I suppose we could also ask whether the expense could be deducted or instead was required to be capitalized, as an input to creating goodwill. (Or was it merely about preserving existing goodwill? Cf. the pompous, confused, Delphic, and ultimately verging on useless analysis that Justice Cardozo offered in Welch v. Helvering.)

Sounds like a great topic for further legal research by someone (although I don't think it will be me).

UPDATE: A reader points out that, under the so-called INDOPCO regulations (sometimes called the anti-INDOPCO regs, as they involved substantial retreat from the scope of capitalization that was suggested by the eponymous Supreme Court case), Welch v. Helvering-type outlays generally can be expensed, even if there is creation of future value that in principle might seem to support requiring capitalization. 

Thursday, December 06, 2018

Reilly on Shaviro on the pass-through rules

In his newly posted piece on, "Law Professor Argues New Pass-Through Rules (199A) Are Horrible," Peter J. Reilly in Forbes reads my article on the pass-through rules, supplemented by a phone interview. He notes that I published the piece in the British Tax Journal, rather than in the U.S., because (however justifiably) its tone was less temperate than is usual for me.

He notes that I credit section 199A with having "achieved a rare and unenviable trifecta, by making the tax system less efficient, less fair, and more complicated," and that I compare the 2017  proceedings to Gilded Age politics.

It's a fun response by Reilly, and insofar as he disagrees with me it's because my noting that the provision will require business people to "pay large sums to tax lawyers and accountants to figure out how best to structure their arrangements with an eye to minimizing federal tax liability" is good news for accountants such as him.  "So a small portion of those large sums is coming my way."

Reilly also quotes my noting, in the article, that the motivation for the pass-through rules appears to be sociological - aimed at rewarding members of the business elite while excluding member of the more educated professional and academic elites, simply because these are self-consciously distinct groups and the former were driving the bus in 2017.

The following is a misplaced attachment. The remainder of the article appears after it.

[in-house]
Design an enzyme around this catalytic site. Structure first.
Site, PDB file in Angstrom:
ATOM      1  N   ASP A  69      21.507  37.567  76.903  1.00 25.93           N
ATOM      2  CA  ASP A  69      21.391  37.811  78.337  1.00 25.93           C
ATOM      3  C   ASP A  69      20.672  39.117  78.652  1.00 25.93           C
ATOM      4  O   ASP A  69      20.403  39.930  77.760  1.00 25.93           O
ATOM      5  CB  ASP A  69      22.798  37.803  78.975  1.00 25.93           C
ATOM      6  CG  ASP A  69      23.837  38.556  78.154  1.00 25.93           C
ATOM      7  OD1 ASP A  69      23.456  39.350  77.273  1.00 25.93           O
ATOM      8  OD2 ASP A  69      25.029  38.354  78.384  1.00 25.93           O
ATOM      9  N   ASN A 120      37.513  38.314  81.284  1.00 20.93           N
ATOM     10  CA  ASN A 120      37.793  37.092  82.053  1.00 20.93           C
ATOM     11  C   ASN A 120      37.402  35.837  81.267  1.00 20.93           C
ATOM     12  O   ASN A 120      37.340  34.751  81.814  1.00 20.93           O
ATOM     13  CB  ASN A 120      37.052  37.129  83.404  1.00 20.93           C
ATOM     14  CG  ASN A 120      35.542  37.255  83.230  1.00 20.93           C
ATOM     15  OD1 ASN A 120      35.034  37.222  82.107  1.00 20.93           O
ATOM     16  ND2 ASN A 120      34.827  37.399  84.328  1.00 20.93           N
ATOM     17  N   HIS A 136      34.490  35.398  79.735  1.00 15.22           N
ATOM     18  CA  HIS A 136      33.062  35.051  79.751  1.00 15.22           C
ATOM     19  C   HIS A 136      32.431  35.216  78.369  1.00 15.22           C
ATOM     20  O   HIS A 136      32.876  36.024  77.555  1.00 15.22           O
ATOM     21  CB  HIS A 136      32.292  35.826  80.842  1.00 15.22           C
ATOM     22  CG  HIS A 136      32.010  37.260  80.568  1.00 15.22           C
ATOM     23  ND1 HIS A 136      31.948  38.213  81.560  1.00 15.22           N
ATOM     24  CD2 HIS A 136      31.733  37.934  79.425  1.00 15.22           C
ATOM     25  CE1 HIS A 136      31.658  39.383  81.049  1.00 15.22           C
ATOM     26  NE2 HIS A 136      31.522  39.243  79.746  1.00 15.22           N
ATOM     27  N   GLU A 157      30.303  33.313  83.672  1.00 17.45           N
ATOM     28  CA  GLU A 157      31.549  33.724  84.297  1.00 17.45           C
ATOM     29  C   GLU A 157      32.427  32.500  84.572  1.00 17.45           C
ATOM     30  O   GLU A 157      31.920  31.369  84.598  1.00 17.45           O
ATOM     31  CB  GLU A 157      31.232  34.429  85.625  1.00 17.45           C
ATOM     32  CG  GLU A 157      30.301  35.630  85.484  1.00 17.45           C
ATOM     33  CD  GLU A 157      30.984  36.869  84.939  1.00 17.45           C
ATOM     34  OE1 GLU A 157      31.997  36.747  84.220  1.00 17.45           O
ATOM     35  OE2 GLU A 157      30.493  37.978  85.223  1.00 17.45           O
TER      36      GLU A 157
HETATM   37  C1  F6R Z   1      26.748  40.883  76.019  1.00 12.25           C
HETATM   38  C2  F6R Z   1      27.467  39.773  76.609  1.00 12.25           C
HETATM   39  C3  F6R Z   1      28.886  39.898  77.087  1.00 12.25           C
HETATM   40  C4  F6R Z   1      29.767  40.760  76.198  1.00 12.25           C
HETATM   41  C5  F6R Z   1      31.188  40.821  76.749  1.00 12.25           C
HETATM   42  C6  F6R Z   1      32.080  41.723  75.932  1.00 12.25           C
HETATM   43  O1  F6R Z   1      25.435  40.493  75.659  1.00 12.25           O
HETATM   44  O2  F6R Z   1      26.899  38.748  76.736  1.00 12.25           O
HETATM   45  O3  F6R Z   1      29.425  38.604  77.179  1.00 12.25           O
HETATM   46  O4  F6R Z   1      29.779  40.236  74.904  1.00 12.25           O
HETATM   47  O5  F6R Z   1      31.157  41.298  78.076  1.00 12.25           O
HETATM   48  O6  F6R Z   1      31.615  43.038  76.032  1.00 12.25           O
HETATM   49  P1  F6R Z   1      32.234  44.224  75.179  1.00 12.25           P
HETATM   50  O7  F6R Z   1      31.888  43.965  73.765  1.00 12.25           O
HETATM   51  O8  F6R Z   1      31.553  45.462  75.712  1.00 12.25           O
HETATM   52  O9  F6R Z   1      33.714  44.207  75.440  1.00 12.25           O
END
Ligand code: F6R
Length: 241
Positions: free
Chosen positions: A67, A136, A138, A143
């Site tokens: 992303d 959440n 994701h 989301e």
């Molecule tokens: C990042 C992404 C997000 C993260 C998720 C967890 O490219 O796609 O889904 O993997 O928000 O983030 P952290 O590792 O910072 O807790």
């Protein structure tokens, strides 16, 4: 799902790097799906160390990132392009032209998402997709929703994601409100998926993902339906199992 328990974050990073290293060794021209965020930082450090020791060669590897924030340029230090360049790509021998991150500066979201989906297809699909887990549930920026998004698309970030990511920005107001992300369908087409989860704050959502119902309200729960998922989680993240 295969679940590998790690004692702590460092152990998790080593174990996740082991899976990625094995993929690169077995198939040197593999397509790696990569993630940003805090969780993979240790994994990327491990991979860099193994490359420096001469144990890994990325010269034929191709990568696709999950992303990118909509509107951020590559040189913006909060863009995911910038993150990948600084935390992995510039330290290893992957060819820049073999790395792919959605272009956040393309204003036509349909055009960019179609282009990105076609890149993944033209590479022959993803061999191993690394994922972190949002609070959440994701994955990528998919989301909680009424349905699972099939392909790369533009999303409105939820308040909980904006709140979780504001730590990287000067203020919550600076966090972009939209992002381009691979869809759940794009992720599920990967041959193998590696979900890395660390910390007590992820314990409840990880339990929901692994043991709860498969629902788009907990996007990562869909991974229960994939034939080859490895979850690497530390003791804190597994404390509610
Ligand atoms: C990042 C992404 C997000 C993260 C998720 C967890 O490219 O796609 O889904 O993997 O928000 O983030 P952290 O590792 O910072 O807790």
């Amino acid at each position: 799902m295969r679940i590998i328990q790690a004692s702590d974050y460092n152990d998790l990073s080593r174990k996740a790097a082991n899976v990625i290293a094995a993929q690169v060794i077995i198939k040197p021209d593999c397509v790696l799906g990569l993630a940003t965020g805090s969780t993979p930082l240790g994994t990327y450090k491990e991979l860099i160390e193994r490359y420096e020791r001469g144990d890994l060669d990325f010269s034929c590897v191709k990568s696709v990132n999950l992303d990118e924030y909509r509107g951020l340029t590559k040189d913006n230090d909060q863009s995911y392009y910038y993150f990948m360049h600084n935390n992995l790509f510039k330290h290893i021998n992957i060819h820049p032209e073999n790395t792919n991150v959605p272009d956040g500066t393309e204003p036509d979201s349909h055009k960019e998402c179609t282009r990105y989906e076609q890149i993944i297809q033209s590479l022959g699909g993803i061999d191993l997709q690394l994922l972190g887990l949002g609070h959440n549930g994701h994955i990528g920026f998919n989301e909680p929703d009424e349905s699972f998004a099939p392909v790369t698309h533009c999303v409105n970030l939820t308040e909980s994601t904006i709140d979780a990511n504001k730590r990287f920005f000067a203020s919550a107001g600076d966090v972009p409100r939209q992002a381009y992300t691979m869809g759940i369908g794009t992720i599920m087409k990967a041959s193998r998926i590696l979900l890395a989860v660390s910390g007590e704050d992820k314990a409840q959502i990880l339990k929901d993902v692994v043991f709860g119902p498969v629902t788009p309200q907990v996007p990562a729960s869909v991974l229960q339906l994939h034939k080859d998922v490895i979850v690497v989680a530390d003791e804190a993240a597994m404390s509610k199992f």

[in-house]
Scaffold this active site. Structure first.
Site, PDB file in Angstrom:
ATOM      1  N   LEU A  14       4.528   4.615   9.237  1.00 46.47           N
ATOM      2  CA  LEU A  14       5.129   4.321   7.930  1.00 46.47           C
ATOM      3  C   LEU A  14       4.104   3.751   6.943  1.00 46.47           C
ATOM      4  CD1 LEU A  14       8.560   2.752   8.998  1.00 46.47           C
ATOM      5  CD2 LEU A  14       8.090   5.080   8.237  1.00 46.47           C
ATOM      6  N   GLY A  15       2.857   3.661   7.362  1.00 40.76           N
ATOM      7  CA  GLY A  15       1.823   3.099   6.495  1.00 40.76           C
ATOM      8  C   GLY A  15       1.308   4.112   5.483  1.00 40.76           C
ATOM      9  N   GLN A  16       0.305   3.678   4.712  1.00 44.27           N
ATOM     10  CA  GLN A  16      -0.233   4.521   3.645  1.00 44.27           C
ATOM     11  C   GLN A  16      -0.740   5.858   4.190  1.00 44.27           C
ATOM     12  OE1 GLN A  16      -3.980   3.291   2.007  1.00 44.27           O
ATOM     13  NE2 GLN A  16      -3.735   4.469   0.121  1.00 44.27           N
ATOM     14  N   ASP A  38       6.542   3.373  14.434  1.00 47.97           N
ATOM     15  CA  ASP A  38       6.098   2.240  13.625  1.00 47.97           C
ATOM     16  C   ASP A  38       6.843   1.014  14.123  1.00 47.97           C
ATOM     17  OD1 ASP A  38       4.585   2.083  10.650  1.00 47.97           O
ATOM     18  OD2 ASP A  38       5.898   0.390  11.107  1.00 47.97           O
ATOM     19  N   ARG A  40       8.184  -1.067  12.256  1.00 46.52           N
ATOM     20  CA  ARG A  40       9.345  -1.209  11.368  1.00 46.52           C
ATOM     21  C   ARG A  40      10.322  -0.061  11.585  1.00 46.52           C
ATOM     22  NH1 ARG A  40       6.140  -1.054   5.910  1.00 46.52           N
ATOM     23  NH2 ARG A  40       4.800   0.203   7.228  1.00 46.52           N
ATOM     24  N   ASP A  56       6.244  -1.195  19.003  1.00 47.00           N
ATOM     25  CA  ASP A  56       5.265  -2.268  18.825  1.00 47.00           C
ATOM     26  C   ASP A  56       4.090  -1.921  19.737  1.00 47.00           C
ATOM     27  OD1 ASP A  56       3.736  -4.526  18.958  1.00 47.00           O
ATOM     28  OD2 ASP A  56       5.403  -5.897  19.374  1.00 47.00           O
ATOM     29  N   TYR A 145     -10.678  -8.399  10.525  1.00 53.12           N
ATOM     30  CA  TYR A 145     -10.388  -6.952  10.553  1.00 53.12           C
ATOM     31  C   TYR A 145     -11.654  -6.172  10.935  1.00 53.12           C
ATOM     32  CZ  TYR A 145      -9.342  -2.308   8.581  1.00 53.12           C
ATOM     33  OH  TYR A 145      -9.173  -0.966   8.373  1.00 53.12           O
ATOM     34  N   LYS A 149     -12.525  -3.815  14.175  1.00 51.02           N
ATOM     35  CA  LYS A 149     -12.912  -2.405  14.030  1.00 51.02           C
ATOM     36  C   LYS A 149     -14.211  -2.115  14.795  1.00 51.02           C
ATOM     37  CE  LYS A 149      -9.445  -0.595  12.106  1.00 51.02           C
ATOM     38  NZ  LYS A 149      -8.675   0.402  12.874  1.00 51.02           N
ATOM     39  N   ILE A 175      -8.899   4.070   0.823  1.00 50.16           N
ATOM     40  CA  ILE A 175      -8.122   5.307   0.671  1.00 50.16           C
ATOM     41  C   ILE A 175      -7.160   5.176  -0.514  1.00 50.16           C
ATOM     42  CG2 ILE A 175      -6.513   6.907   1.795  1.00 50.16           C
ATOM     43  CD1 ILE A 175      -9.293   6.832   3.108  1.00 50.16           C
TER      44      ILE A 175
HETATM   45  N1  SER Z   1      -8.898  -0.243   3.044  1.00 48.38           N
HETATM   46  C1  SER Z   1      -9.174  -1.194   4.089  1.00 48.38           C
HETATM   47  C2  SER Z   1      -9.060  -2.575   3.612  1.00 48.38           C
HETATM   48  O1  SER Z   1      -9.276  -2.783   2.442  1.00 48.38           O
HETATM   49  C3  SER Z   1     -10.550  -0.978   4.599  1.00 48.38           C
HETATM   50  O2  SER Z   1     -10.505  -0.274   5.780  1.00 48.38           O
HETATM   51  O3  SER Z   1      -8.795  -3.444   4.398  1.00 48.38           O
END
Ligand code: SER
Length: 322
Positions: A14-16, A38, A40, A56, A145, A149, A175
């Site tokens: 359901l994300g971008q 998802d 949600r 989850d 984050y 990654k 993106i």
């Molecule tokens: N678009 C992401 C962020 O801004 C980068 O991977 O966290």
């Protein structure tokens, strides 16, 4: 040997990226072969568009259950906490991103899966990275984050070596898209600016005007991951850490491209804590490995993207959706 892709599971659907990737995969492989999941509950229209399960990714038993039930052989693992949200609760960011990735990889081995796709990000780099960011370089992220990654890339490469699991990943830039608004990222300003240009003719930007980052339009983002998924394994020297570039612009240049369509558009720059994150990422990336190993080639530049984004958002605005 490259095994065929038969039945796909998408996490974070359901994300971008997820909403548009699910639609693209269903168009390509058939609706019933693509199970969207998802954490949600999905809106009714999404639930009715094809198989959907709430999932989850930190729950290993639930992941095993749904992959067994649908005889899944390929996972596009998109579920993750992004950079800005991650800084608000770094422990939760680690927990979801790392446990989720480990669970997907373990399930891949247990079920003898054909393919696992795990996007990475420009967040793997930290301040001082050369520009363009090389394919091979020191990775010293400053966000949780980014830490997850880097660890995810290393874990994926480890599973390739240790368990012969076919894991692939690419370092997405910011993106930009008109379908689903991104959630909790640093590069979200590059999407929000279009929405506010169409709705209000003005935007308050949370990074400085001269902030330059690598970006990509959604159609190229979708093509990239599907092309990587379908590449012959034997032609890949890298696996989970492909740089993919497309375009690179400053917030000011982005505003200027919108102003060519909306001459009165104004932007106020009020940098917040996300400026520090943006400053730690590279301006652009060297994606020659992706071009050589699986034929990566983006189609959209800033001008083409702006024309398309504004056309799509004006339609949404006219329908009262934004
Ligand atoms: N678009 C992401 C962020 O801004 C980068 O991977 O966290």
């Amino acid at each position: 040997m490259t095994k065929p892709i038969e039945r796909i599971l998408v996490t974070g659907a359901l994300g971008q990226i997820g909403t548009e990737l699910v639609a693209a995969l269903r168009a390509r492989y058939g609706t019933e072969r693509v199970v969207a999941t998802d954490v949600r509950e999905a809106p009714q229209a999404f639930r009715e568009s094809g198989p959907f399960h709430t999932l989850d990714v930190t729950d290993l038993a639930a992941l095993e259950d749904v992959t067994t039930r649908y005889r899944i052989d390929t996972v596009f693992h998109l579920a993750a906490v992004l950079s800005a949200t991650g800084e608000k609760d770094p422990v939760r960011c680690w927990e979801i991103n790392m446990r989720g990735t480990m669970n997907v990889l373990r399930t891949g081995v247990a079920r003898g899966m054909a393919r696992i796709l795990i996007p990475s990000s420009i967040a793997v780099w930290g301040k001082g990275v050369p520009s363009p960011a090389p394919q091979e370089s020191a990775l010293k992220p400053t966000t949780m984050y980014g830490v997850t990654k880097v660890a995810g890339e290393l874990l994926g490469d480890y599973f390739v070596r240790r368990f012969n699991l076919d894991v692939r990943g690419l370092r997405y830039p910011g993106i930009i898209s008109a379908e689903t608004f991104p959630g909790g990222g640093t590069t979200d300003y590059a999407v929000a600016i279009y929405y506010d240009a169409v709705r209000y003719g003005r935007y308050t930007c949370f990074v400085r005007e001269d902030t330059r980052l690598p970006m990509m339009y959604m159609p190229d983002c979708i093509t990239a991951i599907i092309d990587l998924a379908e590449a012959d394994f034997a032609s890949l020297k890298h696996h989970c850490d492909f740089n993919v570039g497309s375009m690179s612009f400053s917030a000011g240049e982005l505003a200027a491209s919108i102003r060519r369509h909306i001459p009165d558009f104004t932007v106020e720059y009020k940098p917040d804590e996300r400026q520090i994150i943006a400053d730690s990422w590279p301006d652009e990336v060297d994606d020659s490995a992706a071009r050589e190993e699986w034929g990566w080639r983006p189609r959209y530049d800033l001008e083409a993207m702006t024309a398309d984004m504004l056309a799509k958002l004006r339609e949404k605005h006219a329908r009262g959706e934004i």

He responds that this mistakenly classifies accountants as part of the educated classes and the intellectual elite. That may well be right, if one looks just as accountants from a sociological standpoint. But in the 199A list of professions banned from getting the 20% tax cut (other than below income phase-out), accountants were unlucky enough to get grouped, based on prior statutory precedents, with the likes of lawyers, doctors, and artists.

BTW, on a related note, I recently heard through the grapevine an explanation of why, at the last moment in the 2017 enactment process, architects and engineers were taken out of the professional classes' exclusion from full pass-through benefits. The word is that Bechtel told their Congressional patrons (or servants?) to take out engineers, and architects got pulled too because the two groups were listed right next to each other, and a second deletion was thought useful in obscuring the political deal.

Gives you a nice sense of the sheer thoughtfulness behind contemporary Congressional Republican industrial policy.

Tuesday, December 04, 2018

Talks in Tel Aviv

This Thursday night, on the day after my last class of the semester, I'm heading to Tel Aviv, where I'll be participating in two events next week at the Bar Ilan Law School. First, on Tuesday, December 12, I'll discuss my recent article on international tax policy after the 2017 U.S. tax act (see part 1 here and part 2 here). This may be the last time I discuss this piece at a seminar, but as I'm in effect expanding it (plus other stuff) into a short book, it remains reasonably fresh to me.

Second, on Thursday, December 14, I'll be among those discussing Tsilly Dagan's excellent recent book, International Tax Policy: Between Competition and Cooperation. We international tax policy book authors need to stick together. Her book is complementary to mine, as I'm mainly interested in the unilateral angle (what a given country might want to do absent strategic interactions between countries) and she is more interested in the strategic aspect. In the time allotted to me, I'll discuss underlying dilemmas in the field, the book's main contributions, and follow-up qustions or issues.